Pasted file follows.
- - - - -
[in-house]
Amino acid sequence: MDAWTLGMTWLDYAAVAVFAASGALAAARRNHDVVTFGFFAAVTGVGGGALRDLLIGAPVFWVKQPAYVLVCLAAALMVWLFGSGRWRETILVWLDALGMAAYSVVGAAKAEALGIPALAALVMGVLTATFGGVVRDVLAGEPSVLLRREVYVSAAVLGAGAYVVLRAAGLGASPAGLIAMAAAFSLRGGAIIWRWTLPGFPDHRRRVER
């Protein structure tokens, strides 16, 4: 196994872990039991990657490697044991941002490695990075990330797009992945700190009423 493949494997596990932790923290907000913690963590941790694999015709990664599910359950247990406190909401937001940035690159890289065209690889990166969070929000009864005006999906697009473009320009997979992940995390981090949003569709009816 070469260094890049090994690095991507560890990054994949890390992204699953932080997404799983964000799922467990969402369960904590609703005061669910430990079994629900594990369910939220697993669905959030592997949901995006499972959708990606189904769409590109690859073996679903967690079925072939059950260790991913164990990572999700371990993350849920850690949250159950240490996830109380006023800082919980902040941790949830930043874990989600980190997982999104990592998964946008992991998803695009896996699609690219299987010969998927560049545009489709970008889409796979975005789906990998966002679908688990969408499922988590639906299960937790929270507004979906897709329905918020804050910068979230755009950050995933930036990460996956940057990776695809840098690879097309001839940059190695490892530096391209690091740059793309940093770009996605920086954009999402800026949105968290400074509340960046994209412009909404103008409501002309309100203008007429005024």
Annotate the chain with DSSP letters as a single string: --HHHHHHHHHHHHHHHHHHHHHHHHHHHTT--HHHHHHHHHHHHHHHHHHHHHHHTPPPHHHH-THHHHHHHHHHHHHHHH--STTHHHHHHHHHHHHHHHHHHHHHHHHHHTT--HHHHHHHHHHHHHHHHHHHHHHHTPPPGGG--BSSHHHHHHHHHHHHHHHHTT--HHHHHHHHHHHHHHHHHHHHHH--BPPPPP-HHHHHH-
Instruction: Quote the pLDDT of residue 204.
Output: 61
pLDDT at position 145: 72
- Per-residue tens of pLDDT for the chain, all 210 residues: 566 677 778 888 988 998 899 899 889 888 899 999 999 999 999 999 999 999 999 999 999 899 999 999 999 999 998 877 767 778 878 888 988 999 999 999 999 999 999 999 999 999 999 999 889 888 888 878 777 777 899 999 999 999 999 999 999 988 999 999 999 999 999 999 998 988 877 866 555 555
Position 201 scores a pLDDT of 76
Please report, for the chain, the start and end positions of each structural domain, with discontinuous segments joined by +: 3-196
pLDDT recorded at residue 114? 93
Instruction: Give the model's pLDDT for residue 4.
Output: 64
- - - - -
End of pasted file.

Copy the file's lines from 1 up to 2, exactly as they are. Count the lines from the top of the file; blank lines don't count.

[in-house]
Amino acid sequence: MDAWTLGMTWLDYAAVAVFAASGALAAARRNHDVVTFGFFAAVTGVGGGALRDLLIGAPVFWVKQPAYVLVCLAAALMVWLFGSGRWRETILVWLDALGMAAYSVVGAAKAEALGIPALAALVMGVLTATFGGVVRDVLAGEPSVLLRREVYVSAAVLGAGAYVVLRAAGLGASPAGLIAMAAAFSLRGGAIIWRWTLPGFPDHRRRVER